The Ensemble Theater’s new season opened Wednesday night with Luna Gale, Rebecca Gilman’s unsettling look at the harsh dilemma of a social worker as she struggles to find the safest environment for an endangered infant, eponymously named Luna Gale. Caroline, beautifully played by Cincinnati’s talented Annie Fitzpatrick, struggles to determine the best environment for tiny Luna Gale, whose teen-aged meth-addicted parents cannot cope with their own lives, much less a baby’s.
“Luna Gale” raises the questions that exhausted social workers face every day, and, indeed, these are difficult questions to present effectively on the stage. Ensemble has chosen to begin its season with the best of challenges to audiences.
Directed by D. Lynn Meyers, the play tackles weighty social problems. Its two acts cut a swath through religious hypocrisy, domestic sexual abuse, and drug addiction. Meyers allows the action to move briskly along, aided by the set design of Brian C. Mehring. Scene changes flow seamlessly on a rotating stage that moves smoothly from waiting room to kitchen to office. Cold, even austere, settings echo the emotional tone of the play, though they fail to add dimensionality. At times, the set seems to resemble that of a daytime soap opera.
Caroline wrestles with whether Karlie and Peter, played by Molly Israel and Patrick E. Phillips, or Karlie’s zealous mother, Cindy (Kate Wilford) would provide better homes for Luna Gale, but surprising twists quickly upend the power struggle. In its series of well-paced developments, Luna Gale takes what appear to be obvious answers and turns them on their head.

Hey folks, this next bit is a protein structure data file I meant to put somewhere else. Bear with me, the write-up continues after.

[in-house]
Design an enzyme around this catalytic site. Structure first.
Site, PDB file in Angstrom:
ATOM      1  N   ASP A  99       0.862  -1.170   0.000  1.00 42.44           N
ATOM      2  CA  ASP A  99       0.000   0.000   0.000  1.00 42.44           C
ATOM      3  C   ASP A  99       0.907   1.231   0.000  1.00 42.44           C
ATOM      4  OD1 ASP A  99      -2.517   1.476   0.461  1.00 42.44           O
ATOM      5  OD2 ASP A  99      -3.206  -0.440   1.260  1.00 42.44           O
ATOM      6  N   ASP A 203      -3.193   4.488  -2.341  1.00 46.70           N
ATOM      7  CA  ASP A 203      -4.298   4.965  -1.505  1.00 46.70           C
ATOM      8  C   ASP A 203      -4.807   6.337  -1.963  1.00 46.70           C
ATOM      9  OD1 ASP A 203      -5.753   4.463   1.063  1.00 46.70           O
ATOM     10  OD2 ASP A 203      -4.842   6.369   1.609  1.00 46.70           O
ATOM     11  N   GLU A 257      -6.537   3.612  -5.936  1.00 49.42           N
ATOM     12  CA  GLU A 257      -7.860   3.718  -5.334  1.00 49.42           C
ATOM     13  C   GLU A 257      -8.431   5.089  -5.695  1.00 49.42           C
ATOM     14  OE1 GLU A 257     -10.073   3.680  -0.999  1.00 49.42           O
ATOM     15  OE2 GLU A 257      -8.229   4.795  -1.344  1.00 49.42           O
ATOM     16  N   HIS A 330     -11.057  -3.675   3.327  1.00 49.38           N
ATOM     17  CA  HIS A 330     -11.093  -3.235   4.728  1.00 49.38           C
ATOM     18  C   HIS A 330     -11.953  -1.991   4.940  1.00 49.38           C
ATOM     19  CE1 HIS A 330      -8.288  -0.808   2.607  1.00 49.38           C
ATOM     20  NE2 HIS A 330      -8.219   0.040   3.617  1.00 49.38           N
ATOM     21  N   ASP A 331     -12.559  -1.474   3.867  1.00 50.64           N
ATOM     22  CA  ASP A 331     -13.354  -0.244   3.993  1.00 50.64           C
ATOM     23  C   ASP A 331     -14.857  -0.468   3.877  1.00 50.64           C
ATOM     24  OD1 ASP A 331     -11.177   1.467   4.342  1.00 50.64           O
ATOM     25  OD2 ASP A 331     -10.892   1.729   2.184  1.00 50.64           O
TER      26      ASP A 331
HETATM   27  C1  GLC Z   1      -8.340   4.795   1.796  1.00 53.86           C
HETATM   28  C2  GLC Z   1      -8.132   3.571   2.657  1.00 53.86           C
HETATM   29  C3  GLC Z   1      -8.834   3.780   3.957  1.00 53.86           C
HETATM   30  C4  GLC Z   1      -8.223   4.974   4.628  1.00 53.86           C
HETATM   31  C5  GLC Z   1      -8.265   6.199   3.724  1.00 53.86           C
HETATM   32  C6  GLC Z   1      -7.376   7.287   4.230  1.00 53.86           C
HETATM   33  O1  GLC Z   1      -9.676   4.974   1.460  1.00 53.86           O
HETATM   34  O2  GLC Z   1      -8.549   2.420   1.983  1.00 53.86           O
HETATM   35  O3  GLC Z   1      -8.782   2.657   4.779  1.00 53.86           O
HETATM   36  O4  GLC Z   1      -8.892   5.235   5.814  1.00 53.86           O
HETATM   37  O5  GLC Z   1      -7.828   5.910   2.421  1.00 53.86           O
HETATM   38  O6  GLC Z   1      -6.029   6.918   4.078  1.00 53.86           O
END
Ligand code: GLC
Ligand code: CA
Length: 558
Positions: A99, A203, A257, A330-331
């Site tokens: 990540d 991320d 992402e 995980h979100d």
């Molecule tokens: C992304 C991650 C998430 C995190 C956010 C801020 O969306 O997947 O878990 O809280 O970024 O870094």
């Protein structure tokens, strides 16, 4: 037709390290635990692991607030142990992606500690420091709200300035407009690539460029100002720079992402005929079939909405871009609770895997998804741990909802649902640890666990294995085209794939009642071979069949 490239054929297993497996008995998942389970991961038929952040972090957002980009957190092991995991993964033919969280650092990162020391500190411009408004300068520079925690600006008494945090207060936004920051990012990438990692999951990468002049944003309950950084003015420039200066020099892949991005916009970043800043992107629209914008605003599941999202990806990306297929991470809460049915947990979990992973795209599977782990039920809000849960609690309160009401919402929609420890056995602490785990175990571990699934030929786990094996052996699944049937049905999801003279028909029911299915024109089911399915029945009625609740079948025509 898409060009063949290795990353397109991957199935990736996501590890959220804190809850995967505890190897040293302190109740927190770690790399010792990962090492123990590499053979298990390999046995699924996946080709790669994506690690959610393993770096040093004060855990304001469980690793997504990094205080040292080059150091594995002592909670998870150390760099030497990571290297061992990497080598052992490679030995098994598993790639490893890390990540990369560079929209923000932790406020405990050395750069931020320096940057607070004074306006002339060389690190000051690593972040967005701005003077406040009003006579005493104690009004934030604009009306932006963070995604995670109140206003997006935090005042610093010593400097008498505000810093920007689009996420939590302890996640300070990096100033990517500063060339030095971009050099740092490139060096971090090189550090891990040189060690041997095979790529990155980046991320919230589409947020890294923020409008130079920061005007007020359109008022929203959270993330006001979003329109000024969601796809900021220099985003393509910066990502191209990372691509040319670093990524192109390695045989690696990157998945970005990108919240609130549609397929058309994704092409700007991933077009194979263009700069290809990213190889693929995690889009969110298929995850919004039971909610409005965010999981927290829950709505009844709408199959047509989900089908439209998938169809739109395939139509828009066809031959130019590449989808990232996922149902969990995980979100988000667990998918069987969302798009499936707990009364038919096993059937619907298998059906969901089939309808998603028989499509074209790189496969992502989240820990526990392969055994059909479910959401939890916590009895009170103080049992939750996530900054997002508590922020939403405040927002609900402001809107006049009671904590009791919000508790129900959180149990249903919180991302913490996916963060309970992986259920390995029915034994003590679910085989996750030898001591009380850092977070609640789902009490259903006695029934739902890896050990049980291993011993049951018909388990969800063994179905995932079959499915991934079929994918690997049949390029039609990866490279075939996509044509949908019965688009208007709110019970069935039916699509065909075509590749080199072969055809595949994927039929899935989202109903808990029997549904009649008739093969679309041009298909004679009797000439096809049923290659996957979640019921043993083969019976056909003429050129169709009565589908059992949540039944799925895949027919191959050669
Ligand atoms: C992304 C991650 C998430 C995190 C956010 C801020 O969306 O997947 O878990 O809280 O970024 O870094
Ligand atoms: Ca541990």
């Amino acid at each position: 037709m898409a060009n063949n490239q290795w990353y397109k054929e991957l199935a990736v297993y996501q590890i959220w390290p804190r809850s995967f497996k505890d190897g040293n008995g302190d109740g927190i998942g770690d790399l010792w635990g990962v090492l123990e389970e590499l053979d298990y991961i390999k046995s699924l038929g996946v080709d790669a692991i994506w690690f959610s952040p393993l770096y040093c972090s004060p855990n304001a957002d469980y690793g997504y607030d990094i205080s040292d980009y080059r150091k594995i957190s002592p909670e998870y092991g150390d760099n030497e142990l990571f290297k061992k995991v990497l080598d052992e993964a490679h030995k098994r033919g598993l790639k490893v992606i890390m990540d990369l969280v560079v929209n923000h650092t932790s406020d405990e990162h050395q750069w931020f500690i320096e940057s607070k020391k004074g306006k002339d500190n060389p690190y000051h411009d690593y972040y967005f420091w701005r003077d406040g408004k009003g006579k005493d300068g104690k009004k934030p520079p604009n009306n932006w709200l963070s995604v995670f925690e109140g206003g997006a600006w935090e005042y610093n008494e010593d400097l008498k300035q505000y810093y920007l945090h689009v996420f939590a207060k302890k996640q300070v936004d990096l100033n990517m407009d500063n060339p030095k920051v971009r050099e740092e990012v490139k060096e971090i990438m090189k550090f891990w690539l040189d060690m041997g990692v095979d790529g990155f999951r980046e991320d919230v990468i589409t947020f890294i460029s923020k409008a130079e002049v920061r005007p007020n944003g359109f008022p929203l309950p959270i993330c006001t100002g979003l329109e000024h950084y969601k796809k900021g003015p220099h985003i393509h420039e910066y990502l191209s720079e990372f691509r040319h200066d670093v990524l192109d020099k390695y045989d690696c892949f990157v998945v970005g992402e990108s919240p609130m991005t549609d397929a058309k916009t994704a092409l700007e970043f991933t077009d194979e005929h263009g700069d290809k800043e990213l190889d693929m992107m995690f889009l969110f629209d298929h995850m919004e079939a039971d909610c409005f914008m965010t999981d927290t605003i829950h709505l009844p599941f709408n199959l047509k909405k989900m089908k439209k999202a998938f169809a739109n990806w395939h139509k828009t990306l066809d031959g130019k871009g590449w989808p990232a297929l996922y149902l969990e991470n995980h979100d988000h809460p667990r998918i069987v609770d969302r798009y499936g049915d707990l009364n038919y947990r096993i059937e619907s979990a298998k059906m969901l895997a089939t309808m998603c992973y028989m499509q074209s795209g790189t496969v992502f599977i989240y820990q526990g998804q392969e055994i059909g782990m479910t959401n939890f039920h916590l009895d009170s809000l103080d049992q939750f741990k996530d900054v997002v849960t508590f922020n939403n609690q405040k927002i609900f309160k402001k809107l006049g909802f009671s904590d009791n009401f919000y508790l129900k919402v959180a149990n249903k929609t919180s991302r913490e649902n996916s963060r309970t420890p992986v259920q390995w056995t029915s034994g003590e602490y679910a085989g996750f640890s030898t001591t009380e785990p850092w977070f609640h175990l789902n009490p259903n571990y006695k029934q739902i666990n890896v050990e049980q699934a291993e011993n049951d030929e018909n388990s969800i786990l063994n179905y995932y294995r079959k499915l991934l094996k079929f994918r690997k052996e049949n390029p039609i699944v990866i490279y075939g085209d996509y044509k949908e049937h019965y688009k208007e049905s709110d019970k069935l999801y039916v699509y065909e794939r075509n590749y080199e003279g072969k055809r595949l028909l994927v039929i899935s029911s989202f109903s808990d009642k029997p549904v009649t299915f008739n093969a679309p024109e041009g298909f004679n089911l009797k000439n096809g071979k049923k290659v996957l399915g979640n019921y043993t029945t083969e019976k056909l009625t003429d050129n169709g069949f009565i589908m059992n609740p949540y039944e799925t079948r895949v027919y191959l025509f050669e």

The play itself is not without problems. Some of the characters occasionally seem like caricatures. The round-bellied fundamentalist preacher, Pastor Jay (Charlie Clark) tends toward cliché, and the character of the supervisor, Cliff (Brent Vimtrup) stretches credibility, particularly in his plot-convenient relationship with the preacher. A prayer session which Caroline manipulates to undermine Cliff’s power also stretches credibility.
Luna Gale ends its tragic tale on a complex note, neither fully happy nor sad, a believable resolution to the difficult questions it raises. The Ensemble Theater’s production of
is a social problem play that looks beneath the obvious for resolution. Don’t go to Luna Gale with the expectation of a casually fun night at the theater. But do go to enjoy the best of what serious art does: challenge, provoke thought, and even make us uncomfortable as it looks for the extraordinary within the ordinary.